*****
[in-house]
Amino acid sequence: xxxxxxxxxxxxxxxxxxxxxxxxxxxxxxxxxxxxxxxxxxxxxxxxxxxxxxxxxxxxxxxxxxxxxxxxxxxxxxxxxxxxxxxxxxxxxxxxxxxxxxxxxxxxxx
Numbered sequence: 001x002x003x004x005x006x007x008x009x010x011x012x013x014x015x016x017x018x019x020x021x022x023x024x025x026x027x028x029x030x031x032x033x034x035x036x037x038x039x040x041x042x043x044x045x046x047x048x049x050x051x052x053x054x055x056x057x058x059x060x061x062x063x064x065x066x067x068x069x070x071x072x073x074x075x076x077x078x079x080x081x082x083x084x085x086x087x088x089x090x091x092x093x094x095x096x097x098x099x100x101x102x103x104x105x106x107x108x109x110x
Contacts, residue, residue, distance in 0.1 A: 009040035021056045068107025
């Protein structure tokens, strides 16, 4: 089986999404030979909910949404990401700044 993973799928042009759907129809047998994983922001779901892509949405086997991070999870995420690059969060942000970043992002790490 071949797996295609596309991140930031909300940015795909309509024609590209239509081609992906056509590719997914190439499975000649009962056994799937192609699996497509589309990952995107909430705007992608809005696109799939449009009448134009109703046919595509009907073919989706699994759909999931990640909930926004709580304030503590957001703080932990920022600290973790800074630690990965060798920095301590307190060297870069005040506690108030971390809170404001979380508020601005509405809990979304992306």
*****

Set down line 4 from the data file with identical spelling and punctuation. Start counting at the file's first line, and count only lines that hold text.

Contacts, residue, residue, distance in 0.1 A: 009040035021056045068107025